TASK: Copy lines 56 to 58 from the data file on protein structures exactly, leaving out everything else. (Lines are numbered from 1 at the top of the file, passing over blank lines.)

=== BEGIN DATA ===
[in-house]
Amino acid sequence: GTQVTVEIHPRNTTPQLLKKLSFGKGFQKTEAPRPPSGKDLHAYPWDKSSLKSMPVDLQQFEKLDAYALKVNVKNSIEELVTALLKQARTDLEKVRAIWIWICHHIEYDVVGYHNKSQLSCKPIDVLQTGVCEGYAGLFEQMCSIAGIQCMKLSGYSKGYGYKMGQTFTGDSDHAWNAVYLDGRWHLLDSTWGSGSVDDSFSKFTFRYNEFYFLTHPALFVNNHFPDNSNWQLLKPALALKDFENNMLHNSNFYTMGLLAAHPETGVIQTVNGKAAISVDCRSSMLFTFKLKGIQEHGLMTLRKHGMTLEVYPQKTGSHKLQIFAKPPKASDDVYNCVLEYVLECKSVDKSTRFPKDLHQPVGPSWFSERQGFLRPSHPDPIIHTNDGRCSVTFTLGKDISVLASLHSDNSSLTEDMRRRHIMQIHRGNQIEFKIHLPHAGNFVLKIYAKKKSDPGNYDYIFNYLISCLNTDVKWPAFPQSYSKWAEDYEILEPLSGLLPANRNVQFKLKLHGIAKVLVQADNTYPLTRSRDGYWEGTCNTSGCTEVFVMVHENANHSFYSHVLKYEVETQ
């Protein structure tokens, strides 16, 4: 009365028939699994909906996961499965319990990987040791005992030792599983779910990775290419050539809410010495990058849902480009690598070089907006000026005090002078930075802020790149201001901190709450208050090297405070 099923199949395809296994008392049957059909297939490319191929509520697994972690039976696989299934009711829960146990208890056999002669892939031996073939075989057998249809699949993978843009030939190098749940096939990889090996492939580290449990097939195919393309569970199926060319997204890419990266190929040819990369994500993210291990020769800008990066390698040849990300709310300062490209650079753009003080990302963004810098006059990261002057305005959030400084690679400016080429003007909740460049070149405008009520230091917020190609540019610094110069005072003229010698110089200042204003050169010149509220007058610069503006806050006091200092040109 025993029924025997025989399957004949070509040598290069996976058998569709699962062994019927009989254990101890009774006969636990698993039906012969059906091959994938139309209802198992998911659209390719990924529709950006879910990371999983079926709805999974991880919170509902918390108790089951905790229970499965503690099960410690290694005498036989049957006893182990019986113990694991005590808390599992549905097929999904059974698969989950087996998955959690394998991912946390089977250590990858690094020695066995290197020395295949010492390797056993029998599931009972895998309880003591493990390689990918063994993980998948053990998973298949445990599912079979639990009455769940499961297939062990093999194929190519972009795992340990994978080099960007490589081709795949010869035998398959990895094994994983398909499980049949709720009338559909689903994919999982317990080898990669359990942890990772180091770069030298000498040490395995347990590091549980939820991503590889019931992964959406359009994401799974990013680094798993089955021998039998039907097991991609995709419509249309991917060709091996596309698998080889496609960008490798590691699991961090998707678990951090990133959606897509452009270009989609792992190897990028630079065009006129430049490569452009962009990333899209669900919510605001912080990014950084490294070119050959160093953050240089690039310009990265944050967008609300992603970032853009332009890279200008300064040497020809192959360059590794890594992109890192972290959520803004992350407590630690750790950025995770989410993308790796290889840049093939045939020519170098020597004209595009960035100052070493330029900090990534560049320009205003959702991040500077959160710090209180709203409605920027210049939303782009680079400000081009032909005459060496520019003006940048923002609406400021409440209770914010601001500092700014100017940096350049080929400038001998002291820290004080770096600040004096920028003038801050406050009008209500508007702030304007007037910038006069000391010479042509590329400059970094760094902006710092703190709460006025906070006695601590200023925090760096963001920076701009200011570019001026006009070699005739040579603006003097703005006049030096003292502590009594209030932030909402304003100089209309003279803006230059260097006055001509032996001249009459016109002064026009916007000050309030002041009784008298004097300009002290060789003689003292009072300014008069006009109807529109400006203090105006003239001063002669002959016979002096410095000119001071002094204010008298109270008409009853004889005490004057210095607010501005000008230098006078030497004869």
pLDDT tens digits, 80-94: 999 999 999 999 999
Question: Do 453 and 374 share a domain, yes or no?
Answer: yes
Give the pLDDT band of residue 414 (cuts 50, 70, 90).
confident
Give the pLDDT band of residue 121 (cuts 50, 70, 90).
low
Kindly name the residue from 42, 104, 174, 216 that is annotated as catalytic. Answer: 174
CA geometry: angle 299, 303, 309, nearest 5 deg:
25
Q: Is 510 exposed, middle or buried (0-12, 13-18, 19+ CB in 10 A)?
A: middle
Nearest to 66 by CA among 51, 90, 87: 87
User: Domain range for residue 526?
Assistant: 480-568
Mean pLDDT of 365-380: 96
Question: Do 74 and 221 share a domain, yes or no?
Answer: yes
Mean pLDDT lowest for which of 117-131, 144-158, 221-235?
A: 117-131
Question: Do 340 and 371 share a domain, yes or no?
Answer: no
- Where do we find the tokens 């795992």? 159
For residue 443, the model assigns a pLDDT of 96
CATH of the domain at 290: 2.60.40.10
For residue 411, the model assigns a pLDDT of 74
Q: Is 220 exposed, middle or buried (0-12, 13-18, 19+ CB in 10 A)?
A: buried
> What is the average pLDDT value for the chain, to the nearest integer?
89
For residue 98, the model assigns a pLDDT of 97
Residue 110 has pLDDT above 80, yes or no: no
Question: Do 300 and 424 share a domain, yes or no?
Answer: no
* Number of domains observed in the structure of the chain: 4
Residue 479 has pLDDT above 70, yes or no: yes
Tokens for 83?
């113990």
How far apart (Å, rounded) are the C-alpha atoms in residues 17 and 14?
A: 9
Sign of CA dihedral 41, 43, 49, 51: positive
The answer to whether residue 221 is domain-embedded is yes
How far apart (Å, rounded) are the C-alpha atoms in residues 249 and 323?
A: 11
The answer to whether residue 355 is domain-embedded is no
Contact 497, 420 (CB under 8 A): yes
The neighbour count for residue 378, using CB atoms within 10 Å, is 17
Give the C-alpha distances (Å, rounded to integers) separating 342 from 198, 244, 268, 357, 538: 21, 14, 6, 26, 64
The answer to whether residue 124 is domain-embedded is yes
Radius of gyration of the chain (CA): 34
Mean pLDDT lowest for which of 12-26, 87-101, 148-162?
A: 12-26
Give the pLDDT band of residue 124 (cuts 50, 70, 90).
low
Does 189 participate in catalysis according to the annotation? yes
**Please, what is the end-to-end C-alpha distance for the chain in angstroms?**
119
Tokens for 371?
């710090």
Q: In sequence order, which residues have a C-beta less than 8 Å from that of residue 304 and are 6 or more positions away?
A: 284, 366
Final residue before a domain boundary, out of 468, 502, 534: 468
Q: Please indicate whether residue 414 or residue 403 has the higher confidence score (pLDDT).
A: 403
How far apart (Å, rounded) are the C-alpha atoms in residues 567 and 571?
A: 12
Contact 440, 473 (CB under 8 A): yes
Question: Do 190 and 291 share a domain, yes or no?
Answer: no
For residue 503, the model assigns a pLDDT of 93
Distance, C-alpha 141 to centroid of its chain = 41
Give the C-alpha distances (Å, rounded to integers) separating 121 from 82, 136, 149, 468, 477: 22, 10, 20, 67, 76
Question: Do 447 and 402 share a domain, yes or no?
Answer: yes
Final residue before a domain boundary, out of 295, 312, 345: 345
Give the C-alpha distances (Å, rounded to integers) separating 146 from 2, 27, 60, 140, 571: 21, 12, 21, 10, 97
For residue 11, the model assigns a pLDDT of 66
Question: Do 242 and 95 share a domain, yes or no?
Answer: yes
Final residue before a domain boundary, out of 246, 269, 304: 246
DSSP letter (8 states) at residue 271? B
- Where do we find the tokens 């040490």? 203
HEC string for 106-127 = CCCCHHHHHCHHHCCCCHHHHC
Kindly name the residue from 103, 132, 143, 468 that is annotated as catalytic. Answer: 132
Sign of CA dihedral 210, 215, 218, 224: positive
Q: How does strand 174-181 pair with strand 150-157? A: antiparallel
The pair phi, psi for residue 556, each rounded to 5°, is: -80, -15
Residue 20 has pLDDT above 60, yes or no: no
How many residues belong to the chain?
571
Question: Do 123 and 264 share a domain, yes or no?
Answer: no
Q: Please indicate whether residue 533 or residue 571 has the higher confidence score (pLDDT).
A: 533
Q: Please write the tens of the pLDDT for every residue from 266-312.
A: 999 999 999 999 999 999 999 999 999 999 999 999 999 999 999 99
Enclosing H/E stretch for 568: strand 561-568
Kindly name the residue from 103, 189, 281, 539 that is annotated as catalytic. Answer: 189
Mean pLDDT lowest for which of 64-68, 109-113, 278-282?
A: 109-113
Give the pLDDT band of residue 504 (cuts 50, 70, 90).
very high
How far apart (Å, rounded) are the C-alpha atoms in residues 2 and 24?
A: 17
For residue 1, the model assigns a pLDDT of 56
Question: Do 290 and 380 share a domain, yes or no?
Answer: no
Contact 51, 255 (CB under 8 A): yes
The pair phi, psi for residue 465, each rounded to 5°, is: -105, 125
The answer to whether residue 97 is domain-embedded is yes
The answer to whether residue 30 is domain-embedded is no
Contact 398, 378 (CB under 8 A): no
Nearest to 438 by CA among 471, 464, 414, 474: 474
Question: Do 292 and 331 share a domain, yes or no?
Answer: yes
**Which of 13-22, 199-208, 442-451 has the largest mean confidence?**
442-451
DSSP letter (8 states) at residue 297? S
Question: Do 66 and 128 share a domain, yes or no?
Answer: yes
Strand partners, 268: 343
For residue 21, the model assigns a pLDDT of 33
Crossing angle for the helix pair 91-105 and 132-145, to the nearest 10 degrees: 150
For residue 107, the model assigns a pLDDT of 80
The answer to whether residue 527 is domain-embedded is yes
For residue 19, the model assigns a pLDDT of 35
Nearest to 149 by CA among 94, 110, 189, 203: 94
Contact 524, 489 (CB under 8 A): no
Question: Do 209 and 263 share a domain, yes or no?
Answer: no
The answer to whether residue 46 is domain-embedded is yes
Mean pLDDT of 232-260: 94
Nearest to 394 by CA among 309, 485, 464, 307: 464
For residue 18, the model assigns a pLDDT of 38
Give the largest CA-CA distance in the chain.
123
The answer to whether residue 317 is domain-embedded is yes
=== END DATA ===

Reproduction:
Give the pLDDT band of residue 124 (cuts 50, 70, 90).
low
Does 189 participate in catalysis according to the annotation? yes